I was diagnosed just 5 years ago and the proud phrase “no coding required” on every strip box is a mystery to me. :slight_smile: If they can make such a sensor, sure, let it be. In reality companies tend to bring underdeveloped products on the market and improve them while already in the production. We have glucose meters now that are very accurate, but the clause about 10-20% error is still in place. May be it was viable in the past, but not now. The same could happen with a sensor without calibration - it would be told that 10-20% error is ok. There is quite a number of people here who didn’t like the accuracy of Libre and I haven’t noticed Abbott has any problem with it. They will improve quietly over the years, but this will be done out of my pocket and on behalf of my health. I can live with monetary loss, but my health is a very sensitive issue to let somebody to take advantage of. So, my wish to Dexcom: go with a new sensor, but leave a rudimentary feature of calibration to be used at user’s discretion.


#11

Yup, understood. But for me, when I was running both dexcom and xdrip side by side. If I calibrated both at the same time, xdrip would be further off.
I then started to only calibrate the dexcom consistently, and only did the xdrip if it was pretty far off. Suddenly xdrip became even more accurate for me.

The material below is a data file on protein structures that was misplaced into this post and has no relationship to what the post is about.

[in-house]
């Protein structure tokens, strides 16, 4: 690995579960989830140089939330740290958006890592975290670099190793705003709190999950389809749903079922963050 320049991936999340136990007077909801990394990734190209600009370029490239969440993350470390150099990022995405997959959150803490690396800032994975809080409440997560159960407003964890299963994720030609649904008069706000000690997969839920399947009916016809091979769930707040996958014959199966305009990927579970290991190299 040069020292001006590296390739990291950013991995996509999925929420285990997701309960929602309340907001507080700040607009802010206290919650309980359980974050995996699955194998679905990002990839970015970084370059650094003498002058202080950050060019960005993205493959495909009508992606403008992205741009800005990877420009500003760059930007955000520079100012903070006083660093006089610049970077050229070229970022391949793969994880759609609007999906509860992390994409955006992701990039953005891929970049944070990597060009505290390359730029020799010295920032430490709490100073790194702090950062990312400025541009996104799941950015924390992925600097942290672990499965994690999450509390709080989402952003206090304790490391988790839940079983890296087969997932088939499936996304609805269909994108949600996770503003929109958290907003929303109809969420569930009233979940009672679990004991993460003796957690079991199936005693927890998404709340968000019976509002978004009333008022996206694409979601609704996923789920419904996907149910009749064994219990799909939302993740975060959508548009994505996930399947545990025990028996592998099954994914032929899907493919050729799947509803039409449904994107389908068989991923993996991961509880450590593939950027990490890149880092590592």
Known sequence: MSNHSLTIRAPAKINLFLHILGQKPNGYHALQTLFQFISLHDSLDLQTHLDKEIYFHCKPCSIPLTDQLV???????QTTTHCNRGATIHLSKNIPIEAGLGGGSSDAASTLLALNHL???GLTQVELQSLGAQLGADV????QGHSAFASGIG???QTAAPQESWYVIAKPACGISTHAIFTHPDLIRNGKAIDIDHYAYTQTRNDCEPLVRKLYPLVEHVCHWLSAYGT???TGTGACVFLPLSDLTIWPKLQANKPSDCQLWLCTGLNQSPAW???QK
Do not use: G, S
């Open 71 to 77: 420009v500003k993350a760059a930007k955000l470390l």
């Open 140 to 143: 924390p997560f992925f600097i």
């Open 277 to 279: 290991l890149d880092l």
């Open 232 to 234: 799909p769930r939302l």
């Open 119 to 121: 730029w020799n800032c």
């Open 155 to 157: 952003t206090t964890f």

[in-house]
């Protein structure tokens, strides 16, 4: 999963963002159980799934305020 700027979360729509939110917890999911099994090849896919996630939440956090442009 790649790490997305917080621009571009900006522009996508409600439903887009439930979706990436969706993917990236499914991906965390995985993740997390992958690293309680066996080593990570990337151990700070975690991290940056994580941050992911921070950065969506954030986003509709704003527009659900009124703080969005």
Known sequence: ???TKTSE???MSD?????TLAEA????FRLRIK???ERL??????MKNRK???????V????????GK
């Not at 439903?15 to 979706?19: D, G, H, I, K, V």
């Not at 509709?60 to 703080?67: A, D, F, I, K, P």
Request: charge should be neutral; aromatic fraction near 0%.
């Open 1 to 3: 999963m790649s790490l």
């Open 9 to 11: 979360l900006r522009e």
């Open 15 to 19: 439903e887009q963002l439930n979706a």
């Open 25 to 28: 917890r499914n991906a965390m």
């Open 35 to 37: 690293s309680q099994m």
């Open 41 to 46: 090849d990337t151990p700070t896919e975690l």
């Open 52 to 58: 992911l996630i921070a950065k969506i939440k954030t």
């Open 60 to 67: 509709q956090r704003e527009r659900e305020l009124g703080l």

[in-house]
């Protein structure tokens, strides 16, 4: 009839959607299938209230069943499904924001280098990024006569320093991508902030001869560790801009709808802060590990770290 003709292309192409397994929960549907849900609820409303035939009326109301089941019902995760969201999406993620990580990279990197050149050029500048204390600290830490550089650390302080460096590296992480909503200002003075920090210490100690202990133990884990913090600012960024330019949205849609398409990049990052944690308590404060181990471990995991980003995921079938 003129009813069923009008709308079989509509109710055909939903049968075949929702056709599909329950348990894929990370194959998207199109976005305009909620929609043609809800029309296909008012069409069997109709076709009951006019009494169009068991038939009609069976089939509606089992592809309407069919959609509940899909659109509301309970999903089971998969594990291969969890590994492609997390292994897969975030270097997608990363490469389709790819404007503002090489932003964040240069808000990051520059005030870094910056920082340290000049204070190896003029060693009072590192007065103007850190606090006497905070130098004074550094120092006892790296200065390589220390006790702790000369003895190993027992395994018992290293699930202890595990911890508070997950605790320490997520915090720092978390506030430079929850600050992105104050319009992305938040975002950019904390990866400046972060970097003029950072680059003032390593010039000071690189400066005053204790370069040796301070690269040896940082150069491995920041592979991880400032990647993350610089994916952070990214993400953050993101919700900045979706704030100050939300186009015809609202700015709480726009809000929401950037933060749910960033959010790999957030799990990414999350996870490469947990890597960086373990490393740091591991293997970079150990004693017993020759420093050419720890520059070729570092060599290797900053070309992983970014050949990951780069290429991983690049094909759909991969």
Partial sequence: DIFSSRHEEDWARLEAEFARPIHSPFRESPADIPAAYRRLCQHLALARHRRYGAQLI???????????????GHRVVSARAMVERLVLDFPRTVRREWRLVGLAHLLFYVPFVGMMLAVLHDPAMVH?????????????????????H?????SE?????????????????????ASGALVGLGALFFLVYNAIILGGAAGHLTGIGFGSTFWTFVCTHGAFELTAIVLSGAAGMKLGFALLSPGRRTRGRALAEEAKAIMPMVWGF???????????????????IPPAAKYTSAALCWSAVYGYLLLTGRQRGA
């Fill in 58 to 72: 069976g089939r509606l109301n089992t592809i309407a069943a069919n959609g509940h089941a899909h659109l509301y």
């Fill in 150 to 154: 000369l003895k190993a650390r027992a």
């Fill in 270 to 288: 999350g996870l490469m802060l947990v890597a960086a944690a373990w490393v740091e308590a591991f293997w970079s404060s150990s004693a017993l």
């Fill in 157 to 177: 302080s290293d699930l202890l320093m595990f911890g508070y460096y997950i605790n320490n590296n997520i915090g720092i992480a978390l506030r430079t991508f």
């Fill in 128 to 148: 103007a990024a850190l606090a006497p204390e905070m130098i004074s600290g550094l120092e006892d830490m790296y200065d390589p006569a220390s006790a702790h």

#12

Highly recommend xDrip, it’s 1000x better than the actual Dexcom app and I switched back from the Libre when I discovered it. It doesn’t upload your data to any servers unless you want it to, so no one (i.e. Medicare) will know you’re using your phone. It doesn’t shut the transmitter off after 90 or so days which makes the system more cost-effective. You can link it with a Pebble watch which is the best thing ever and the ultimate reason I switched back!


#13

I barley ever calibrate my Dex. I have seen no loss in accuracy. I go for DAYS w/o calibrating it. I just record the number on paper.


#14

Does a Pebble-to-Dexcom connection have to go through a phone?


#15

It does unfortunately. All of them do except the Sony Smartwatch 3. It works really well though and nothing beats the battery life!


#16

i see them from $220 to $485. I know zip about these watches. the only one I’ve used is a Gear 2 (love it–has a 2 mp camera, and IR blaster to control electronics such as TV’s)


#17

There are different versions of them. The Pebble has sadly been discontinued but I’ve seen the original version of it for under $100 online. I think you can get the Gear to work with xDrip too!


#18

I use the Samsung Gear 3 with XDRIP+ on my Note 8 phone.
Makes checking my BG super easy.
It doesn’t have a good watch face to show both BG and the actual TIME. I just use the push notification that updates every few minutes to see the current BG. If I want more info, I tap the notification and it opens a xdrip like watch face. I keep trying to run it AS the watchface, I just cannot get it to display the BG number, graph and TIME of day.


#19

My Gear is the Gear 2 (the second-ever model) and it runs on Tizen. Don’t the newer ones run Android Wear, which can use far more apps?


#20

that’s a bummer. would be nice to see time and bg with a flick of the wrist. I like how my Gear 2 comes alive by just twisting my wrist.